He goes on to provide examples from (with the exception of one) leading figures in the GOP and Fox News–none of them fringe characters.

    Sullivan writes (my emphasis):

    “To point this out is not partisan. I am not horrified by the rhetoric and love of violence on the far right because I have some attachment to the Democrats. I am horrified because it is horrifying, because for years now, this kind of thing has become commonplace at the very top of the conservative political apparatus, and because the invocation of violence in a political context is inherently corrosive of democratic values”

  18. Francis says:

    OK, as the official representative of the Left / Liberals / the Democratic Party, I hereby apologize for all past uses of violence and of the rhetoric of violence by my side against the Right.  I hereby commit to chastising anyone  from my side who may do so in the future.
    Yes, I have the perception that your side is worse.  Yes, I understand that your side has the perception that my side is worse.  Great.  Can we both agree to back off a little?
    We’ll continue to try to make the case that the global society does need to decarbonize, and we’ll accept that your disagreement doesn’t make you evil.  In return, can you agree at least to listen in good faith and accept that our beliefs about the importance of global warming doesn’t make us evil.

  19. Artifex says:

    Once again, your thinking is fuzzy. I see anecdotes and strong belief but little structure. If possible could you explain the structure to me ? Maybe our modes of thought are just too different ?
    Let’s look at your anecdotes shall we.
    First let’s look at the Budiansky. He takes King to task for empathizing with the guy that murdered the IRS official last year. He then spins this from empathizing to supporting. You do understand these are fundamentally different things, correct ? I can fully empathize with some addict who has had a tough life and still want him sent to jail when he robs that little old lady. We then take this misrepresentation (whether from ignorance or political purpose, I have no clue) and uses it to attack his political opponents … nice.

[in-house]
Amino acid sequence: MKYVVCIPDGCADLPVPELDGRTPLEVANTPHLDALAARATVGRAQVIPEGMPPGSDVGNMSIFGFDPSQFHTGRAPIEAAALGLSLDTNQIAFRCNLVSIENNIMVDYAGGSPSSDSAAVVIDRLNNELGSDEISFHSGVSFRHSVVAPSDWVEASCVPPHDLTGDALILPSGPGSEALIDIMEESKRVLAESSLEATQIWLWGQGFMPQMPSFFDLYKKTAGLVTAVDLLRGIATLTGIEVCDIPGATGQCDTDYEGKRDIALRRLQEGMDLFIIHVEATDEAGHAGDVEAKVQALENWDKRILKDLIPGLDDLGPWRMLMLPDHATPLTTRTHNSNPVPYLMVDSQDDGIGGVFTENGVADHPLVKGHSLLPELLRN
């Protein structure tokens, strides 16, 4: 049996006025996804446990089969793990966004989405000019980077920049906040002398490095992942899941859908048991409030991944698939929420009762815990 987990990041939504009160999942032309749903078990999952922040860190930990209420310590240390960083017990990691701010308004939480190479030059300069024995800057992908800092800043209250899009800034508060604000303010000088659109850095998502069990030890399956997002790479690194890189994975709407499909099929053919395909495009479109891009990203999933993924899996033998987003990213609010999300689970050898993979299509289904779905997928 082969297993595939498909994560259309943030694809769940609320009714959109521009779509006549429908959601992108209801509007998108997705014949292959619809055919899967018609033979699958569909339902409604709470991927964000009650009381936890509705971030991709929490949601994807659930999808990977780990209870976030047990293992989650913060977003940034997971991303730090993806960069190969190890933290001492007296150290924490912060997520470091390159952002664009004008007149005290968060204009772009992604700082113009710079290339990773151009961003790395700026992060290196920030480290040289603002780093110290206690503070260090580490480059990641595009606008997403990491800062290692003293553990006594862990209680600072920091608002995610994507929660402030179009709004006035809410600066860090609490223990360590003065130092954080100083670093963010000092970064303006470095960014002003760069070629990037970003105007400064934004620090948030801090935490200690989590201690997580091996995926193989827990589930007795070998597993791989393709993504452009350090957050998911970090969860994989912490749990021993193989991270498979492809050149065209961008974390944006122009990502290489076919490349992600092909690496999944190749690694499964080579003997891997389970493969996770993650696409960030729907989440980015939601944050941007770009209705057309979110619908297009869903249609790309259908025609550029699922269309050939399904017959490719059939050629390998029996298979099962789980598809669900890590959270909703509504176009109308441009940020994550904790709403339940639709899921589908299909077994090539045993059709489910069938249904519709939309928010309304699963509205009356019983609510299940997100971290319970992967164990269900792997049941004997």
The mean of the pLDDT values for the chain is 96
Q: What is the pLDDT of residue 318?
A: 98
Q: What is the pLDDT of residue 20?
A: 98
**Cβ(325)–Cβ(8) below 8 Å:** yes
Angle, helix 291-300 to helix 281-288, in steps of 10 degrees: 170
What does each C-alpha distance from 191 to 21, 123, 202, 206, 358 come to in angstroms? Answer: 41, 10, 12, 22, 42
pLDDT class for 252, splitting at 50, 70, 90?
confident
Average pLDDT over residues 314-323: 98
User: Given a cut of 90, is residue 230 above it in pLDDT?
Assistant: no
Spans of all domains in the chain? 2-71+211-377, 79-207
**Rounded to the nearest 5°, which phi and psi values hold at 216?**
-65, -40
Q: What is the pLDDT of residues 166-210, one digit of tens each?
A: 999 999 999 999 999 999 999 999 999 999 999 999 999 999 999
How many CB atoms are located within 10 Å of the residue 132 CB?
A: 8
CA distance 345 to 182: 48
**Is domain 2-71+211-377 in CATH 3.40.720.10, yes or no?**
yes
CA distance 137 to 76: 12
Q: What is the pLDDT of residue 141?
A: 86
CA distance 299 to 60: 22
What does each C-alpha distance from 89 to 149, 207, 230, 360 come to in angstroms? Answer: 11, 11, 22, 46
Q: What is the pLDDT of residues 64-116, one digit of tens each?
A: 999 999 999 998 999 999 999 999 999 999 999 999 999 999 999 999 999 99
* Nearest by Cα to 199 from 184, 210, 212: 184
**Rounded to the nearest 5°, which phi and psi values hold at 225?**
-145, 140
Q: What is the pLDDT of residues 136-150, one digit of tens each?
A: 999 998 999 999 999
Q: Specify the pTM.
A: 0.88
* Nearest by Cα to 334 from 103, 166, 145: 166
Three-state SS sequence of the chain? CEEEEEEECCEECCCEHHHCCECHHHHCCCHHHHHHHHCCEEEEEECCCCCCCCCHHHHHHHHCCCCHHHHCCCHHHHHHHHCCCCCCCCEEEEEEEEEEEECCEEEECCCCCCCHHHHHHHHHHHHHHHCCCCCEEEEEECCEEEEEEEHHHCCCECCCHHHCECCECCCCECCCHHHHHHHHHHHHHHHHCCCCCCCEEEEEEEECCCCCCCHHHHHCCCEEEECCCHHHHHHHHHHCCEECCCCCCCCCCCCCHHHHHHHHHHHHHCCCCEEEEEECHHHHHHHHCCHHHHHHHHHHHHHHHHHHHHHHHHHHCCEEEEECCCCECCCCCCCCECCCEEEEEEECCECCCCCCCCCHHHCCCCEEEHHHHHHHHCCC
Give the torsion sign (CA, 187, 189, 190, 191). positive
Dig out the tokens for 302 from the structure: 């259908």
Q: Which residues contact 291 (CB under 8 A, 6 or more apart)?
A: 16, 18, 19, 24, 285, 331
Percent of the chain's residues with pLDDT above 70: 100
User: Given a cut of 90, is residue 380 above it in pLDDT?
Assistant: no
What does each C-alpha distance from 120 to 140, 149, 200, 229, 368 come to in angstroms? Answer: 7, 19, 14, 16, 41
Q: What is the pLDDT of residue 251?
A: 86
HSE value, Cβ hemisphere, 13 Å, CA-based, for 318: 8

I am not sure whether he is commenting on the Limbaugh piece you had me read earlier, but in that piece it struck me that Limbaugh was accusing the Democrats of supporting the violence to make political inroads (which seems untrue) . Is there a separate Limbaugh comment in which Limbaugh supports the killing of the Congresswoman or is this more ignorant/dishonest political misrepresentation by someone with an axe to grind ?
    Andrew Sullivan looks through a bunch of anecdotes and surprise, surprise finds that his biases are confirmed. Amazing really.
    So once again, do you have a set of rules or characteristics that support your viewpoint. Maybe this is just a fool errand and this is not the way that progressives think.
    So far I have: